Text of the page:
Exposing PseudoAstronomy

December 1, 2009

Logical Fallacies: Moving the Goalpost


In my continuing series on logical fallacies, in this post I’m going to address the relatively more rare fallacy of “Moving the Goalpost” (AKA, “Shifting the Goalpost”).

What Is “Moving the Goalpost?”

The “Moving the Goalpost” logical fallacy is another one that has a fairly descriptive name. It is the case when Person A makes a claim, Person B refutes it, and Person A moves on to a new or revised claim, generally without acknowledging or responding to Person B’s refutation. Hence, the goalpost of the claim has been shifted or moved in order to keep the claim alive.

Example of Moving the Goalpost from Young-Earth Creationism

I’m not going to spend much time here because (a) I’ve been accused of using this logical fallacy series to dwell too much on Creationism, and (b) I kinda agree and want to incorporate other fields of pseudo astronomy into my examples.

The classic case of Moving the Goalpost in YEC (young-Earth creationism) is commonly known as the “Gish Gallop,” so-named for Duane Gish, the former vice president of the Institute for Creation Research (ICR). In debates, Gish would very commonly spout out many, many claims, half-truths, misrepresentations, and lies that take just a few seconds or minutes to state, while his opponent would be left trying to boil down 15-minute answers to something quick that is digestible to the audience. When a claim was refuted, Gish would quickly move on to the next claim without answering the objections raised by his opponents (reference 1, reference 2).

Example of Moving the Goalpost from the Apollo Moon Landing Hoax Believers

A very similar debate tactic is used by many conspiracy theorists, and the people who promote the idea that the United States never landed men on the moon are no exception. In debates, they will often raise a claim, and then when that claim is explained away, they will not acknowledge it nor try to explain away the explanation, but will simply move on to the next claim, often with a transitional phrase of, “Okay, what about this? …”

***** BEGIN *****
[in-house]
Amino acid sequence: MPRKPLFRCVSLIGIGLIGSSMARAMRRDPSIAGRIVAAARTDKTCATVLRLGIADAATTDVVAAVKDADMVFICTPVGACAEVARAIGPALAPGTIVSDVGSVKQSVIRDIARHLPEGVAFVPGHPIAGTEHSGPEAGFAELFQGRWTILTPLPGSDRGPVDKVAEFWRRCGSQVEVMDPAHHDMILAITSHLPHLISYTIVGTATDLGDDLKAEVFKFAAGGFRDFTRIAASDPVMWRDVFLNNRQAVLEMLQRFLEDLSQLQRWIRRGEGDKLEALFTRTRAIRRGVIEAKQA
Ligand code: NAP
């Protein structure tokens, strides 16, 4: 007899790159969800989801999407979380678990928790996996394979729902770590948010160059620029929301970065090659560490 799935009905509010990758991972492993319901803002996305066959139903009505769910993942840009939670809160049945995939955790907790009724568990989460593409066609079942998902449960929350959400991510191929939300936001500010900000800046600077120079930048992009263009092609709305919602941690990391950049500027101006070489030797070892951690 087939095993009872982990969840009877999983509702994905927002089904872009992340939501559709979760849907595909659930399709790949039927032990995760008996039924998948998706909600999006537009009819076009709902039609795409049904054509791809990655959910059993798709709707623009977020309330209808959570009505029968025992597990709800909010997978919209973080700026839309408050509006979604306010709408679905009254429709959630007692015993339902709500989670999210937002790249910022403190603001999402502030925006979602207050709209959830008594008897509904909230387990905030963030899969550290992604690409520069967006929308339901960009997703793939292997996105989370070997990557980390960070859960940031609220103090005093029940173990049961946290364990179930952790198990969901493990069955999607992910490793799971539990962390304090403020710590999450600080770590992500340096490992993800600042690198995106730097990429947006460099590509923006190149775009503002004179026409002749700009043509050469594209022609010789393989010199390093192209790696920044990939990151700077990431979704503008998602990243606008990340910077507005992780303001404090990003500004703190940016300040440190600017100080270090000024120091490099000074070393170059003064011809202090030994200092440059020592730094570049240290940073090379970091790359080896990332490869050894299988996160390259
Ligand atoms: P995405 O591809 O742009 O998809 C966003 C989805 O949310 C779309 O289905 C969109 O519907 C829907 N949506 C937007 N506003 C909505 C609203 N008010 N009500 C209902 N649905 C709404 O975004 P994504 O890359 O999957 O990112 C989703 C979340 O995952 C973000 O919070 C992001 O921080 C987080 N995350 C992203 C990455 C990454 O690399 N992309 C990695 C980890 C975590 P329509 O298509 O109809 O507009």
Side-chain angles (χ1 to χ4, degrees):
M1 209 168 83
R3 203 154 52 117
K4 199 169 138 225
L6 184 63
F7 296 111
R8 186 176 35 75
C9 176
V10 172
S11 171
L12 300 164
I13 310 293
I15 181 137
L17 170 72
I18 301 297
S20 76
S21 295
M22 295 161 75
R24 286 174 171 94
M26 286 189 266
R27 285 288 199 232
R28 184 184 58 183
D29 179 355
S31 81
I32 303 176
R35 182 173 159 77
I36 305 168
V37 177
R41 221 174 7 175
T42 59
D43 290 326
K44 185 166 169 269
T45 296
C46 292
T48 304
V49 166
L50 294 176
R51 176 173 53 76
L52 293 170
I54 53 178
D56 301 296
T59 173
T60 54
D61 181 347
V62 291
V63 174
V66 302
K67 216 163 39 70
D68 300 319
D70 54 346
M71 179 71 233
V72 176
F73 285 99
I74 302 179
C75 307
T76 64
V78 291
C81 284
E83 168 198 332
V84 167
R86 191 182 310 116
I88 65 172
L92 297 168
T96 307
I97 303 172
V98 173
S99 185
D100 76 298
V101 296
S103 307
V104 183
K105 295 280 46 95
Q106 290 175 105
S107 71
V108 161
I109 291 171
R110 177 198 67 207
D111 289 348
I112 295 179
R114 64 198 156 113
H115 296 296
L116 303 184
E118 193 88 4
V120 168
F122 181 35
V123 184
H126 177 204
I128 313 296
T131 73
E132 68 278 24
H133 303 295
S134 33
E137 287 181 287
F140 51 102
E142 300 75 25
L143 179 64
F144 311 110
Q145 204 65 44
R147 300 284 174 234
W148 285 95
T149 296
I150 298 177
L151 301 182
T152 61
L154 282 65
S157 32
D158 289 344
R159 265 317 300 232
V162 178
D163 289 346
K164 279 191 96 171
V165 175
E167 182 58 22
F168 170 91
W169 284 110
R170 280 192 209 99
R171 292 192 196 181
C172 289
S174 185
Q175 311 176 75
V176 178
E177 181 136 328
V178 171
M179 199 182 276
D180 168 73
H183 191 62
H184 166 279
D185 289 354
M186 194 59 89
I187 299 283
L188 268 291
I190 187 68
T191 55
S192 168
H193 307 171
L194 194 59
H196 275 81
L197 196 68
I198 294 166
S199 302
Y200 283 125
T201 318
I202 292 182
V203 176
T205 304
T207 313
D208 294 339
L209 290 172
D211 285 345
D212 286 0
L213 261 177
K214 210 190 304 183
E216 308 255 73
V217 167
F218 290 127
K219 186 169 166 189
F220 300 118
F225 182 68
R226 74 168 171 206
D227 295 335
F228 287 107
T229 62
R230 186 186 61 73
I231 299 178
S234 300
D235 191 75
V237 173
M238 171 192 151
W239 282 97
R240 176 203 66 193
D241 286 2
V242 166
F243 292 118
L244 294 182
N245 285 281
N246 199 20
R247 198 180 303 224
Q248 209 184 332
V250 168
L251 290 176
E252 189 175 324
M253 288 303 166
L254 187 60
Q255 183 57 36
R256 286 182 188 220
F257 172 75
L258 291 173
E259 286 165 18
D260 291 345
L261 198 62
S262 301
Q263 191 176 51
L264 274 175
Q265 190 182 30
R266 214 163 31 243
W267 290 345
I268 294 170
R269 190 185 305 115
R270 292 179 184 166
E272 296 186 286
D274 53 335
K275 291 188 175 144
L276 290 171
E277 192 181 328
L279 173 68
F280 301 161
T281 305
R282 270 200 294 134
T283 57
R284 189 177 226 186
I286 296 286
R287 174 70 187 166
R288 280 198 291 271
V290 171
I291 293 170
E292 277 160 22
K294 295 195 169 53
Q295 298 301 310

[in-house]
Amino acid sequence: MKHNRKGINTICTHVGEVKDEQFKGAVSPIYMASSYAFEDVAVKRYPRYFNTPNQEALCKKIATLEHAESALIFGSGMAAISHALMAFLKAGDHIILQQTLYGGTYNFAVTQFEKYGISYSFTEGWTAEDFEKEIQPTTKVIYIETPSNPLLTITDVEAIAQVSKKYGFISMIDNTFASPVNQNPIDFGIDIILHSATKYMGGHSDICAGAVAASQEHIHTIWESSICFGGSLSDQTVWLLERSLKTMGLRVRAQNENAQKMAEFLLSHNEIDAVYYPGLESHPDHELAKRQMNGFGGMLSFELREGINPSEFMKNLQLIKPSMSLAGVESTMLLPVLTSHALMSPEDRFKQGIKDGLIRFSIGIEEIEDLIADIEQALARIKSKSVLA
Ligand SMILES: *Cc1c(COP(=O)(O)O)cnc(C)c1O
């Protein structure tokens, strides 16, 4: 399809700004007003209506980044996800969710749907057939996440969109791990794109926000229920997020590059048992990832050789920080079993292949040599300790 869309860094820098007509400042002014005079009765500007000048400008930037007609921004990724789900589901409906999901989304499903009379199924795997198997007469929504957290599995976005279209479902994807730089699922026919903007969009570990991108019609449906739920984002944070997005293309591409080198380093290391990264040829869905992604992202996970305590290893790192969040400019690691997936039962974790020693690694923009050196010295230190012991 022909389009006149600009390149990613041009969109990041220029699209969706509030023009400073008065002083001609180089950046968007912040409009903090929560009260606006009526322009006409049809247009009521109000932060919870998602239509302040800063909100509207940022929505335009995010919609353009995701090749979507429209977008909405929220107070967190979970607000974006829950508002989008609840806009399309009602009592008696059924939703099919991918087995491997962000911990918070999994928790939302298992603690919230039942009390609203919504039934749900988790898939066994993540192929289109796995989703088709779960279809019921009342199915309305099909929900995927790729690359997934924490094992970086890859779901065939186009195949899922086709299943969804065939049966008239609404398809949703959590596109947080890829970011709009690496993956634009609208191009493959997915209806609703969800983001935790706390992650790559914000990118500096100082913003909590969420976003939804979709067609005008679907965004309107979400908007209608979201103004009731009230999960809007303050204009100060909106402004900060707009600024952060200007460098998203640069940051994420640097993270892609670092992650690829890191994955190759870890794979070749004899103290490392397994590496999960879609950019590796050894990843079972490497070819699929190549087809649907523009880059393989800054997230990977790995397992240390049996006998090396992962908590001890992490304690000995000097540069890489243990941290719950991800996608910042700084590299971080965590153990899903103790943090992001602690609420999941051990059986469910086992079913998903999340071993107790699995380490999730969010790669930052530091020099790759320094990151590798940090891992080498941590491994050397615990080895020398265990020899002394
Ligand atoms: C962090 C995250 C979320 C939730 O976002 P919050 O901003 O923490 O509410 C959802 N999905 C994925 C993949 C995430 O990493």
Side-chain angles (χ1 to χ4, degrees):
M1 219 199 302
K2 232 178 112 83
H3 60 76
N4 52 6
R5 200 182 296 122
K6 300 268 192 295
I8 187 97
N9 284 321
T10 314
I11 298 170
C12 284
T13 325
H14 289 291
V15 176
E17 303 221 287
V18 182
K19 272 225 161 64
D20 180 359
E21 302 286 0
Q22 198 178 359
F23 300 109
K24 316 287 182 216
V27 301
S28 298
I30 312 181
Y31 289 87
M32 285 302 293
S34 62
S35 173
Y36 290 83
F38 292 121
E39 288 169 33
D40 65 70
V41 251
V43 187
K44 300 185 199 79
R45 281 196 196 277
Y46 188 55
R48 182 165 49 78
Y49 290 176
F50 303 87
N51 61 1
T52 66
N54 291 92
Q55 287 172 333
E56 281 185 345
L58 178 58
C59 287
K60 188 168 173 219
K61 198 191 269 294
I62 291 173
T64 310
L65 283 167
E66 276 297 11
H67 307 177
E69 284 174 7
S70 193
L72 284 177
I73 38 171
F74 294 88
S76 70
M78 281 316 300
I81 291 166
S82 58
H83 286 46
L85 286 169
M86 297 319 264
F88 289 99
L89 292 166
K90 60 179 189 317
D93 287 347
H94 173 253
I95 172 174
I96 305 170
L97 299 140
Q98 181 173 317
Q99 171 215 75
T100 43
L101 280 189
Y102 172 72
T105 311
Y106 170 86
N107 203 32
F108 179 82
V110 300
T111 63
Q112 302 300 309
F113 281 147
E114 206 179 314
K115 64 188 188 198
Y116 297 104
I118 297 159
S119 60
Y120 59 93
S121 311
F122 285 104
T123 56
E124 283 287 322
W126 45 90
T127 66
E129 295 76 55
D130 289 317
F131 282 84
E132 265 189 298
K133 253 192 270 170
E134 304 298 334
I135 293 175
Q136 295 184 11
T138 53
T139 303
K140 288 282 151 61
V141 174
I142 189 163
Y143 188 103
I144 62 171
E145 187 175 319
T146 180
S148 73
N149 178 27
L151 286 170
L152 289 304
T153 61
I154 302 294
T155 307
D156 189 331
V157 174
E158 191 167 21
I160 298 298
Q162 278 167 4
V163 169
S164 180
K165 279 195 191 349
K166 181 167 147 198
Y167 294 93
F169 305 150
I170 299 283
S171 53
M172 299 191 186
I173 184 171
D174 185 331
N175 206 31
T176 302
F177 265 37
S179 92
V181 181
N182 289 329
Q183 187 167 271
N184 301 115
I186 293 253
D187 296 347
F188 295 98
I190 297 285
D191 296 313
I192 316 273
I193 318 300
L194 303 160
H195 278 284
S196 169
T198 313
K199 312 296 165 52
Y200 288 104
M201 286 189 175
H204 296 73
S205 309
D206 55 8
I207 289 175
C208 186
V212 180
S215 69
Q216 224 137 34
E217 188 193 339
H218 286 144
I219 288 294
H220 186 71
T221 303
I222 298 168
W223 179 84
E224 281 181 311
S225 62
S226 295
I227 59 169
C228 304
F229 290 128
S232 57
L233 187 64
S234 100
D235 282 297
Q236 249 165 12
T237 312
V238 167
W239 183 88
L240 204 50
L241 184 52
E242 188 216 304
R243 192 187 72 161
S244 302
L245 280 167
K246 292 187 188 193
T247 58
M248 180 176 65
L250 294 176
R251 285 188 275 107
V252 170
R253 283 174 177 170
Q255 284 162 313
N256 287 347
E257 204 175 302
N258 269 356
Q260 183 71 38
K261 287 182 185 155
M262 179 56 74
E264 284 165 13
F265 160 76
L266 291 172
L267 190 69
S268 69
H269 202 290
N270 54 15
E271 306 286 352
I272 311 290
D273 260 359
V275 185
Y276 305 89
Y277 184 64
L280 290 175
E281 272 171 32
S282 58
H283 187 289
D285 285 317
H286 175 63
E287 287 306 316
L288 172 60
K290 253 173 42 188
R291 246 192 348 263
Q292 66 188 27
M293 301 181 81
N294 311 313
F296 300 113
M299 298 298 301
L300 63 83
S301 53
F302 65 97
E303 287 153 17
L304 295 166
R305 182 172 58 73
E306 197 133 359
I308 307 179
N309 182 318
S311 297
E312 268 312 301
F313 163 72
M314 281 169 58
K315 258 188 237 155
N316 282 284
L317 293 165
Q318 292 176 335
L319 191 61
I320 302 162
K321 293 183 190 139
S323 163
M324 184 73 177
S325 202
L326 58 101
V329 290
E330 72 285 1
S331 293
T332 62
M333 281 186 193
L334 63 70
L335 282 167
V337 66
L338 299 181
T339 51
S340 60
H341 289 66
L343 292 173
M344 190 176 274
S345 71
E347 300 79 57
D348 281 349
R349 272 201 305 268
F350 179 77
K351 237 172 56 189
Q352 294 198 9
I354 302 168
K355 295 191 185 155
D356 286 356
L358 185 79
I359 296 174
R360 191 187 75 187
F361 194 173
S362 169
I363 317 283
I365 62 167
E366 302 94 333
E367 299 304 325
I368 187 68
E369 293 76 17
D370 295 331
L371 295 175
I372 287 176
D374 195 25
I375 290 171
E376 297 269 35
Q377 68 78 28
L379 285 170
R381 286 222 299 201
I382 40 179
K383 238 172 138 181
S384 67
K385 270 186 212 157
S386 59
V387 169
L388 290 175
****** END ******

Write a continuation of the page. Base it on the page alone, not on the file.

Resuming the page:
Rather than stay with that original goalpost of their original claim, they will move on to the next one.

Another example of this fallacy but as represented by a different phenomenon is by the case study moon hoax claim of, “If Apollo really landed on the moon, then why haven’t we taken pictures of it?” This claim is easily explained away with a very simple understanding of optics that you learn in any introductory high school or college physics class, and I have already done so in my blog post, “The Apollo Moon Hoax: Why Haven’t Any Pictures Been Taken of the Landing Sites?”

However, scientists, skeptics, and even many in the general public have maintained that it was simply a matter of time before we had a space craft in orbit of the moon that actually would have a high enough resolution camera to take photographs of the Apollo landing sites and show the relics. NASA’s Lunar Reconnaissance Orbiter, which went into orbit this year (2009), was just such a craft and over the summer, NASA released photographs of several of the landing sites, showing the relics.